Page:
A significant component of the conversation surrounding higher education these days has to do with improving student success—particularly for those college students who start off in remedial/developmental courses in Reading, Writing, and Math. Those who have not closely followed the disturbing trends regarding the completion of bachelor’s degrees on America’s ivied campuses over the last couple of decades might be surprised at where we are now, according to the National Center for Education Statistics in the U.S. Department of Education:
The 6-year graduation rate for first-time, full-time undergraduate students who began seeking a bachelor’s degree at a 4-year degree-granting institution in fall 2009 was 59 percent. That is, 59 percent had completed a bachelor’s degree by 2015 at the same institution where they started in 2009. The 6-year graduation rate was 59 percent at public institutions, 66 percent at private nonprofit institutions, and 23 percent at private for-profit institutions. The 6-year graduation rate was 62 percent for females and 56 percent for males; it was higher for females than for males at both public (61 vs. 55 percent) and private nonprofit institutions (68 vs. 62 percent). However, at private for-profit institutions, males had a higher 6-year graduation rate than females (24 vs. 22 percent).” [See “Note” at bottom of this post for explanation of school types.]
Six-year graduation rates for first-time, full-time students who began seeking a bachelor’s degree in fall 2009 varied according to institutional selectivity. In particular, 6-year graduation rates were highest at institutions that were the most selective (i.e., had the lowest admissions acceptance rates) and were lowest at institutions that were the least selective (i.e., had open admissions policies). For example, at 4-year institutions with open admissions policies, 32 percent of students completed a bachelor’s degree within 6 years. At 4-year institutions where the acceptance rate was less than 25 percent of applicants, the 6-year graduation rate was 88 percent.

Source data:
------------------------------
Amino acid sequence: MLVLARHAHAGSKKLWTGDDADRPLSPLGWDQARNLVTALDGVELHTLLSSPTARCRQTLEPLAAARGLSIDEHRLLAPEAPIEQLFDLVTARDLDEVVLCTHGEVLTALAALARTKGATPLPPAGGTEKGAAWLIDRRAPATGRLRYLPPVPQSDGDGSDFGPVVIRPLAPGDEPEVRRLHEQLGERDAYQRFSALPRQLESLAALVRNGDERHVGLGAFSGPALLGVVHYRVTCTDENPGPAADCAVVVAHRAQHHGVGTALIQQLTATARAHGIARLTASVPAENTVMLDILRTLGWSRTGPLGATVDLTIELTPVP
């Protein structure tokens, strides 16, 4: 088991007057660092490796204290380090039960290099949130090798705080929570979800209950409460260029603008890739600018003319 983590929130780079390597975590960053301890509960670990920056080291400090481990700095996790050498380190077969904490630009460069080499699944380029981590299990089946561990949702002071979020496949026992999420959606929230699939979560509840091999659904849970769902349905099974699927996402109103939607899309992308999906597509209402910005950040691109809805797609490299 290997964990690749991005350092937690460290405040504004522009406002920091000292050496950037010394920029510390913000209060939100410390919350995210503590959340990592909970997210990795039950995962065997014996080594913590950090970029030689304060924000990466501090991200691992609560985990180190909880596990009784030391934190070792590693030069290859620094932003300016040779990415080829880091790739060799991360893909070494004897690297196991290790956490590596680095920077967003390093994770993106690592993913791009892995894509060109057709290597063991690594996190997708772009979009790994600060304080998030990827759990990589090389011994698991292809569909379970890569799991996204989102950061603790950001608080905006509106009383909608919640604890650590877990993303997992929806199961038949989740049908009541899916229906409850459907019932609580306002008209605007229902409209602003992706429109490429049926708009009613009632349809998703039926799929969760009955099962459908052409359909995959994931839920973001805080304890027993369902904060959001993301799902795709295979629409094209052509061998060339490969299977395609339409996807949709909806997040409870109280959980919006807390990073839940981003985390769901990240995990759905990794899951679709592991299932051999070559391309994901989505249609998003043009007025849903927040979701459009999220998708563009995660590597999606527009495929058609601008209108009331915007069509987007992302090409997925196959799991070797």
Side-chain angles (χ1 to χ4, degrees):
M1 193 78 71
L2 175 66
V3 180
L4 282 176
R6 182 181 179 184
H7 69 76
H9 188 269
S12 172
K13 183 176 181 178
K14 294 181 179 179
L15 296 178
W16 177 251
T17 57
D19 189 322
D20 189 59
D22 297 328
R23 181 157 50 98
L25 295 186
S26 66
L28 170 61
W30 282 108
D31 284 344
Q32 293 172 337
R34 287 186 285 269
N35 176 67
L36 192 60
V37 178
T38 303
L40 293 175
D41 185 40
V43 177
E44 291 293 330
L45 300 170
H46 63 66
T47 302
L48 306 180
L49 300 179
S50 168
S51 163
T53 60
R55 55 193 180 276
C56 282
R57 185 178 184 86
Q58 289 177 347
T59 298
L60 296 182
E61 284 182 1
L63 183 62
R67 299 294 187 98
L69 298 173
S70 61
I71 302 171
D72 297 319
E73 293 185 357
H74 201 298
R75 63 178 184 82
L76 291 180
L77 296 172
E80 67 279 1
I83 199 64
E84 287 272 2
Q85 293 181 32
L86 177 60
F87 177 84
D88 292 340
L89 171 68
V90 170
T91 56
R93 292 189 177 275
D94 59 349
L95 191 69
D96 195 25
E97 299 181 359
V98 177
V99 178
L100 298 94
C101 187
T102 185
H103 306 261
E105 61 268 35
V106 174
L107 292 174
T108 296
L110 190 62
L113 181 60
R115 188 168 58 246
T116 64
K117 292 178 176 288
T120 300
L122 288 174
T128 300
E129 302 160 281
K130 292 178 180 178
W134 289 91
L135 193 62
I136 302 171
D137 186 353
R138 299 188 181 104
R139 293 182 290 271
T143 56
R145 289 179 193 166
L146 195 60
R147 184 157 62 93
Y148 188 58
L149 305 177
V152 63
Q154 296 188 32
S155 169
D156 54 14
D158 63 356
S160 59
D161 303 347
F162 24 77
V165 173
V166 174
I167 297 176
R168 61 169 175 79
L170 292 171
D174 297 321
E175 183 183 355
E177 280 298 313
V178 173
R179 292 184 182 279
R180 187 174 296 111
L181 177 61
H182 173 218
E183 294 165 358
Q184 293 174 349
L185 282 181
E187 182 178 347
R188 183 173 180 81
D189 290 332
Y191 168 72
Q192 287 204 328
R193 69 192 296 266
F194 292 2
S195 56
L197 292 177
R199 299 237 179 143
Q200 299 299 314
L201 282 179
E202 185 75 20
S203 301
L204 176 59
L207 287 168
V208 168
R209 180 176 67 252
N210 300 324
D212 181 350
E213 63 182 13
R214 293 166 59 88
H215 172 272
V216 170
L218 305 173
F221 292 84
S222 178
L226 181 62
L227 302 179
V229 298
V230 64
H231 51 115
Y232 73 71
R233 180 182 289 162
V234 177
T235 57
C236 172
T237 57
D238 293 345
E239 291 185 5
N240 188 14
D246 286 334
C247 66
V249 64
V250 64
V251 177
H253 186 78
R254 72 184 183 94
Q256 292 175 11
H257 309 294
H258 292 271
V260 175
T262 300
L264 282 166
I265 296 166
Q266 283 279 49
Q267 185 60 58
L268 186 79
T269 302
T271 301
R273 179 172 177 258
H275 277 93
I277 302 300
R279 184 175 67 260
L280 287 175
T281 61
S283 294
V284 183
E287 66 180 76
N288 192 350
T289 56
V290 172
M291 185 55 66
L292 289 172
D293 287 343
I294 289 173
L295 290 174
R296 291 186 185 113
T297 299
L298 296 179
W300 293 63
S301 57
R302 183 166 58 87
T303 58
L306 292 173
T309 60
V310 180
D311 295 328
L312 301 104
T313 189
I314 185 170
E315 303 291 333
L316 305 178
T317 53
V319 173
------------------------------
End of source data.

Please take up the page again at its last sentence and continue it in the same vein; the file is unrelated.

It should perhaps not be a surprise that 6 year graduation rates, which seems to be the new American standard for completing a 4 year degree, vary so dramatically based solely upon the selectivity of an institution. Indeed, some argue that the overall poor college completion numbers in the United States are simply a function of more and more students seeking college degrees, so we should not be concerned. This is merely, the thinking goes, Darwinian academic selection at work.
However, the fly in the ointment is fairly easy to discern: An educational system that excels at educating only the brightest is failing the vast majority of America’s college students. Fixes that have been proposed or enacted to address problems with college completion rates range from more structured programs of study to increases in financial aid to campus mentoring programs—all of which have the potential to help some students after they arrive on campus but fail to address the underlying causes of their academic distress, our chronically underperforming K-12 public schools, which hobble our nation’s students in three key areas:
Poor Work Habits
After years in pokey and desultory high school classes, many students simply do not understand what will be required when they step foot on a college campus for the first time. They mistakenly presume classroom instruction and assignments will continue to slow down to meet their needs and are shocked college instructors will insist academically-deficient students work extra hard to reach college level proficiency—immediately, if not sooner.
Moreover, given that so much of the work in college must be completed outside the classroom because of the limited time available—a class may meet for only a couple of hours each week—the now-fashionable dismissal of homework as a hopelessly antediluvian educational artifact means that many high school graduates will be thrown into a situation where they are wholly unprepared to succeed, one where well-developed and disciplined study habits are an absolute necessity for academic success.